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peck2

[pek] /pɛk/
verb (used with object)
1.
to strike or indent with the beak, as a bird does, or with some pointed instrument, especially with quick, repeated movements.
2.
to make (a hole, puncture, etc.) by such strokes; pierce.
3.
to take (food) bit by bit, with or as with the beak.
verb (used without object)
4.
to make strokes with the beak or a pointed instrument.
noun
5.
a quick stroke, as in pecking.
6.
a hole or mark made by or as by pecking.
7.
a quick, almost impersonal kiss:
a peck on the cheek.
8.
(in timber) incipient decay from fungi, occurring in isolated spots.
9.
pecks, Also, peckings. Slang. food.
Verb phrases
10.
peck at,
  1. to nibble indifferently or unenthusiastically at (food).
  2. to nag or carp at:
    Stop pecking at me, I'm doing the best I can.
Origin of peck2
1300-1350
1300-50; Middle English pecke < Middle Dutch pecken; akin to pick1
Related forms
unpecked, adjective
Synonyms
10a. pick at, poke at.
Dictionary.com Unabridged
Based on the Random House Dictionary, © Random House, Inc. 2015.
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Examples from the Web for pecked
Contemporary Examples
Historical Examples
  • I bent over it to shield it, and the birds pecked into my back, into my lungs they pecked.

    Modern Icelandic Plays Jhann Sigurjnsson
  • She pecked on his nose, which by now, what of previous adventures was sore.

    White Fang Jack London
  • They have a simple me-stronger pecking order so I pecked a bit and we can drink.

    The Ethical Engineer Henry Maxwell Dempsey
  • He took it, waved it; and then stooped to her offered cheek and pecked it delicately.

    Love and Lucy Maurice Henry Hewlett
  • The ends are pecked flat and the entire middle section has been pecked, apparently to reduce it to the desired size of the shaft.

    The Archaeology of the Yakima Valley Harlan Ingersoll Smith
  • She dropped her coaxing voice and pecked the doctor like an irritated pigeon.

    White Lies Charles Reade
  • One cannot help thinking of the way in which lizards sometimes shed their tails when pecked at.

British Dictionary definitions for pecked

peck1

/pɛk/
noun
1.
a unit of dry measure equal to 8 quarts or one quarter of a bushel
2.
a container used for measuring this quantity
3.
a large quantity or number
Word Origin
C13: from Anglo-Norman, of uncertain origin

peck2

/pɛk/
verb
1.
when intr, sometimes foll by at. to strike with the beak or with a pointed instrument
2.
(transitive) sometimes foll by out. to dig (a hole) by pecking
3.
(transitive) (of birds) to pick up (corn, worms, etc) by pecking
4.
(intransitive) often foll by at. to nibble or pick (at one's food)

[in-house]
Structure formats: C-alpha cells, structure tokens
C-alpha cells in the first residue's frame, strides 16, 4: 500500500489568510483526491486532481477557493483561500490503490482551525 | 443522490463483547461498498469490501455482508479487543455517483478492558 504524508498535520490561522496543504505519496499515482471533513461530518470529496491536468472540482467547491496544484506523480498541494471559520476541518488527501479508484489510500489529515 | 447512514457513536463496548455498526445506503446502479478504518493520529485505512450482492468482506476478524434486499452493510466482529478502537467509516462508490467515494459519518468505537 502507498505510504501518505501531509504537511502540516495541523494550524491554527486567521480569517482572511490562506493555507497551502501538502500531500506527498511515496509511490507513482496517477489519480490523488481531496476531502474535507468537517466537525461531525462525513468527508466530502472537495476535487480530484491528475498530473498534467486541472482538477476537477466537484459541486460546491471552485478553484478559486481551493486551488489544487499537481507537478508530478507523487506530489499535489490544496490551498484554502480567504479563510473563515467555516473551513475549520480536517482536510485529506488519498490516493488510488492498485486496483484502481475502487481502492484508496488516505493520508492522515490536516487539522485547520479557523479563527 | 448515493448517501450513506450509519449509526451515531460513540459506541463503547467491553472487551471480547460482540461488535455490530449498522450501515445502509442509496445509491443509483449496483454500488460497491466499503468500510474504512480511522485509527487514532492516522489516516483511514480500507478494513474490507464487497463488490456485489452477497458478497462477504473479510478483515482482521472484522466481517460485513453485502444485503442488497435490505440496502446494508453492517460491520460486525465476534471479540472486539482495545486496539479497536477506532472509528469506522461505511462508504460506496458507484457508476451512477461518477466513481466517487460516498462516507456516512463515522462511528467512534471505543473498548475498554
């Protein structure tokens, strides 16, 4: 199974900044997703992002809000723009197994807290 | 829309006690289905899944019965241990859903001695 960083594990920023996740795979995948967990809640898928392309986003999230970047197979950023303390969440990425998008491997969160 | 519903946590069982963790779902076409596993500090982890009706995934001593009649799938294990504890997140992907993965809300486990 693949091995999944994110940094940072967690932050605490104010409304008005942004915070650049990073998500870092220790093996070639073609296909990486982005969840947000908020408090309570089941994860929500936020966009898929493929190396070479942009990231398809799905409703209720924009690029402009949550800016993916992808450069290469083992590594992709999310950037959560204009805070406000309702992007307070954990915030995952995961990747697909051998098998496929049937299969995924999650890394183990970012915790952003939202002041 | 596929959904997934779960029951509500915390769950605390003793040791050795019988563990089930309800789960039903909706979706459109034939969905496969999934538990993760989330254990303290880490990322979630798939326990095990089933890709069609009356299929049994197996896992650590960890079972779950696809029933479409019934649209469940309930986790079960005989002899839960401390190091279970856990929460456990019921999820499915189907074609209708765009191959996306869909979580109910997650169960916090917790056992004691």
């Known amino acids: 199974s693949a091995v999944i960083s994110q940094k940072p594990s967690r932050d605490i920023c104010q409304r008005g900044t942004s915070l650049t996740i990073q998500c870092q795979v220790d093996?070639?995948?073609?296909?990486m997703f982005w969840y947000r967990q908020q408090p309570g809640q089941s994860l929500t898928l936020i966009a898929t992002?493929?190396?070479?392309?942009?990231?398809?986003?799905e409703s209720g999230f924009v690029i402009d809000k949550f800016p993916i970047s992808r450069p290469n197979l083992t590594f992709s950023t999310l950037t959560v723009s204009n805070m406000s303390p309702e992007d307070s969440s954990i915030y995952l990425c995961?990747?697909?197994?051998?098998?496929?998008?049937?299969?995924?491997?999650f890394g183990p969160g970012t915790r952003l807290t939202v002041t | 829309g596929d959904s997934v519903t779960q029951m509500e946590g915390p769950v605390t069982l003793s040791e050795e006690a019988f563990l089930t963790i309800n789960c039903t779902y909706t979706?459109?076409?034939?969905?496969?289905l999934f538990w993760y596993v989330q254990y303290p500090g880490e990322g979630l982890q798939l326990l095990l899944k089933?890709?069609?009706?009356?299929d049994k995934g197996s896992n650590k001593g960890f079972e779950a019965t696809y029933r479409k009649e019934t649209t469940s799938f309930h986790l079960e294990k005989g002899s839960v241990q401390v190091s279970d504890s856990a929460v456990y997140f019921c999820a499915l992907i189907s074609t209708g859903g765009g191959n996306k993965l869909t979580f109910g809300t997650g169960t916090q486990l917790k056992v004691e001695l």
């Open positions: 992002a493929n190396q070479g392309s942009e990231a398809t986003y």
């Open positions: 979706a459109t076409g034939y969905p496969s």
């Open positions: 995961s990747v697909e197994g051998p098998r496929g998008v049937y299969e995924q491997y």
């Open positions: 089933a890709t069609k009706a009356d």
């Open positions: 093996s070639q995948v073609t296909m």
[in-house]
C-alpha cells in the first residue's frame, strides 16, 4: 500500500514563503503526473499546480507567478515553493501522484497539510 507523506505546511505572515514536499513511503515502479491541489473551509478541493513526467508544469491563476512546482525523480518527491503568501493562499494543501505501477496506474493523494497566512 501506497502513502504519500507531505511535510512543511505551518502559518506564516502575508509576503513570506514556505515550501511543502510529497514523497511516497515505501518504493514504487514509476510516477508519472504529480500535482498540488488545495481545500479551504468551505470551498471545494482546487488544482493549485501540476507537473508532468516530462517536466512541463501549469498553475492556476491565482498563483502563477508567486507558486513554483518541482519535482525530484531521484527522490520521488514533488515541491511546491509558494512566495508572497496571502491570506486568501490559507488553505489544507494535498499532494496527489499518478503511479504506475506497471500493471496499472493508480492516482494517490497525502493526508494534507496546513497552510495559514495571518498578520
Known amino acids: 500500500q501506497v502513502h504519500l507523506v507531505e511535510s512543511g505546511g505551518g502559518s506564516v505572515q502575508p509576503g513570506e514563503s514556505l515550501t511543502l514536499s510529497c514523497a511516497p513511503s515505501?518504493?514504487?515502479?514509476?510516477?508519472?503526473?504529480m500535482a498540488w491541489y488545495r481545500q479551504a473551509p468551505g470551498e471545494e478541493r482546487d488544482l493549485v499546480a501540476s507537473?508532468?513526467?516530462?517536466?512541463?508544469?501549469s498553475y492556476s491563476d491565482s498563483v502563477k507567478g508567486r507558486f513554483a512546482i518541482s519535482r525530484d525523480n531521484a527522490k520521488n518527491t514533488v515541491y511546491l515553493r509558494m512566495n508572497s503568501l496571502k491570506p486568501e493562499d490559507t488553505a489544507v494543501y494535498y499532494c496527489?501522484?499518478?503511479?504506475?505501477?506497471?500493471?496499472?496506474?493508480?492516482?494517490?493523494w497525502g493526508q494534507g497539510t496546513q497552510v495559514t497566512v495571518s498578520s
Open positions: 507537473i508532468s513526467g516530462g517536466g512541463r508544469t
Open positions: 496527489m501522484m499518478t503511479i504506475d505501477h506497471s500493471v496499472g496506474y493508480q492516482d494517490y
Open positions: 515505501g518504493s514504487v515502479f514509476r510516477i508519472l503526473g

5.
(informal) to kiss (a person) quickly and lightly
6.
(intransitive) foll by at. to nag
noun
7.
a quick light blow, esp from a bird's beak
8.
a mark made by such a blow
9.
(informal) a quick light kiss
Word Origin
C14: of uncertain origin; compare pick1, Middle Low German pekken to jab with the beak

Peck

/pɛk/
noun
1.
Gregory. 1916–2003, US film actor; his films include Keys of the Kingdom (1944), The Gunfighter (1950), The Big Country (1958), To Kill a Mockingbird (1963), The Omen (1976), and Other People's Money (1991)
Collins English Dictionary - Complete & Unabridged 2012 Digital Edition
© William Collins Sons & Co. Ltd. 1979, 1986 © HarperCollins
Publishers 1998, 2000, 2003, 2005, 2006, 2007, 2009, 2012
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Word Origin and History for pecked

peck

v.

c.1300, possibly a variant of picken (see pick (v.)), or in part from Middle Low German pekken "to peck with the beak." Related: Pecked; pecking.

n.

late 13c., "dry measure of one-quarter bushel," of unknown origin; perhaps connected with Old French pek, picot (13c.), also of unknown origin (Barnhart says these were borrowed from English). Chiefly of oats for horses; original sense may be "allowance" rather than a fixed measure, thus perhaps from peck (v.).

"act of pecking," 1610s, from peck (v.). It is attested earlier in thieves' slang (1560s) with a sense of "food, grub."

Online Etymology Dictionary, © 2010 Douglas Harper
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Slang definitions & phrases for pecked

peck

noun

  1. peckerwood (1940s+ Black)
  2. Food (1960s+ Teenagers)
  3. A perfunctory kiss: She gave him a friendly peck and got back to work (1893+)

verb

To eat (1960s+ Black)

Related Terms

a peck of trouble

The Dictionary of American Slang, Fourth Edition by Barbara Ann Kipfer, PhD. and Robert L. Chapman, Ph.D.
Copyright (C) 2007 by HarperCollins Publishers.
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15
17
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